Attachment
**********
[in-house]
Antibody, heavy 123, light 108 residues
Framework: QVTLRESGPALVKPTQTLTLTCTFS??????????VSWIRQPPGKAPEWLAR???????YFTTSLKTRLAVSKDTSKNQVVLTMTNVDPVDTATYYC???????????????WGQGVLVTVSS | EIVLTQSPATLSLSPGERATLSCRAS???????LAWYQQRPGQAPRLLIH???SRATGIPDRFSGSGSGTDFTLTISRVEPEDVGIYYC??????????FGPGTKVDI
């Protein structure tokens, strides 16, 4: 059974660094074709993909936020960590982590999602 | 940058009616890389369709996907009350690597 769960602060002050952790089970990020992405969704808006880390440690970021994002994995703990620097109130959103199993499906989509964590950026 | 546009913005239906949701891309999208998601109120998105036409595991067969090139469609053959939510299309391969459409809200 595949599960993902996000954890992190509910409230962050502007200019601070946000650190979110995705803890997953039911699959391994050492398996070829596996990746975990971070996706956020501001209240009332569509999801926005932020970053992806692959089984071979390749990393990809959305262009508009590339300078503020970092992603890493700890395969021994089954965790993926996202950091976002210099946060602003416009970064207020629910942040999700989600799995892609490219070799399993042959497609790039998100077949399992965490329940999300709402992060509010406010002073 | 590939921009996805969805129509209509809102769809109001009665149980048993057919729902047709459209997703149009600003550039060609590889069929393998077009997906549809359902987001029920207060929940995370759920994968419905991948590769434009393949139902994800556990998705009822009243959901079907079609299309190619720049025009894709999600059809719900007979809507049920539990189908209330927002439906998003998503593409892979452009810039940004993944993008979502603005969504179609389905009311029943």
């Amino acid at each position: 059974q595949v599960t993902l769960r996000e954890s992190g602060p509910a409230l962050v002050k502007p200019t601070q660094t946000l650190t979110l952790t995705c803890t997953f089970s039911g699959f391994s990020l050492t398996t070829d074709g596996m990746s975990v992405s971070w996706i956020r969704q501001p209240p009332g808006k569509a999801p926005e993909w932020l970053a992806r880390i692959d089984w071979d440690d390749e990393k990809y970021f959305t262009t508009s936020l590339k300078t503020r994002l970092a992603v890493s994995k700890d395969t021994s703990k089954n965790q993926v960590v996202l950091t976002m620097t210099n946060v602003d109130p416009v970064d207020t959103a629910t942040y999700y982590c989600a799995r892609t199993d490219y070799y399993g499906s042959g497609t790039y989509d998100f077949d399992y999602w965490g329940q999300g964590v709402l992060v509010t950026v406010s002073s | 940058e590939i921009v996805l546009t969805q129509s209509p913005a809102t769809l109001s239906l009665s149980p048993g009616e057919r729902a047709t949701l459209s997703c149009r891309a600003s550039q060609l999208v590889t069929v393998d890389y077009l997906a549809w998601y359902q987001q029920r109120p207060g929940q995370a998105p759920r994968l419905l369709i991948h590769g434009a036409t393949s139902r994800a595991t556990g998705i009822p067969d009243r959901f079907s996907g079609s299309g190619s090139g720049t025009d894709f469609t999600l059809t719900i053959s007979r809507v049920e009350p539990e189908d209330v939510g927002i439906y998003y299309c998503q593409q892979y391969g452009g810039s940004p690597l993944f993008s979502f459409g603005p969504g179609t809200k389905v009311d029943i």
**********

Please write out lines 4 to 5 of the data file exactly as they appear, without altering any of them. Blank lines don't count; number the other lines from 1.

């Protein structure tokens, strides 16, 4: 059974660094074709993909936020960590982590999602 | 940058009616890389369709996907009350690597 769960602060002050952790089970990020992405969704808006880390440690970021994002994995703990620097109130959103199993499906989509964590950026 | 546009913005239906949701891309999208998601109120998105036409595991067969090139469609053959939510299309391969459409809200 595949599960993902996000954890992190509910409230962050502007200019601070946000650190979110995705803890997953039911699959391994050492398996070829596996990746975990971070996706956020501001209240009332569509999801926005932020970053992806692959089984071979390749990393990809959305262009508009590339300078503020970092992603890493700890395969021994089954965790993926996202950091976002210099946060602003416009970064207020629910942040999700989600799995892609490219070799399993042959497609790039998100077949399992965490329940999300709402992060509010406010002073 | 590939921009996805969805129509209509809102769809109001009665149980048993057919729902047709459209997703149009600003550039060609590889069929393998077009997906549809359902987001029920207060929940995370759920994968419905991948590769434009393949139902994800556990998705009822009243959901079907079609299309190619720049025009894709999600059809719900007979809507049920539990189908209330927002439906998003998503593409892979452009810039940004993944993008979502603005969504179609389905009311029943």
């Amino acid at each position: 059974q595949v599960t993902l769960r996000e954890s992190g602060p509910a409230l962050v002050k502007p200019t601070q660094t946000l650190t979110l952790t995705c803890t997953f089970s039911g699959f391994s990020l050492t398996t070829d074709g596996m990746s975990v992405s971070w996706i956020r969704q501001p209240p009332g808006k569509a999801p926005e993909w932020l970053a992806r880390i692959d089984w071979d440690d390749e990393k990809y970021f959305t262009t508009s936020l590339k300078t503020r994002l970092a992603v890493s994995k700890d395969t021994s703990k089954n965790q993926v960590v996202l950091t976002m620097t210099n946060v602003d109130p416009v970064d207020t959103a629910t942040y999700y982590c989600a799995r892609t199993d490219y070799y399993g499906s042959g497609t790039y989509d998100f077949d399992y999602w965490g329940q999300g964590v709402l992060v509010t950026v406010s002073s | 940058e590939i921009v996805l546009t969805q129509s209509p913005a809102t769809l109001s239906l009665s149980p048993g009616e057919r729902a047709t949701l459209s997703c149009r891309a600003s550039q060609l999208v590889t069929v393998d890389y077009l997906a549809w998601y359902q987001q029920r109120p207060g929940q995370a998105p759920r994968l419905l369709i991948h590769g434009a036409t393949s139902r994800a595991t556990g998705i009822p067969d009243r959901f079907s996907g079609s299309g190619s090139g720049t025009d894709f469609t999600l059809t719900i053959s007979r809507v049920e009350p539990e189908d209330v939510g927002i439906y998003y299309c998503q593409q892979y391969g452009g810039s940004p690597l993944f993008s979502f459409g603005p969504g179609t809200k389905v009311d029943i």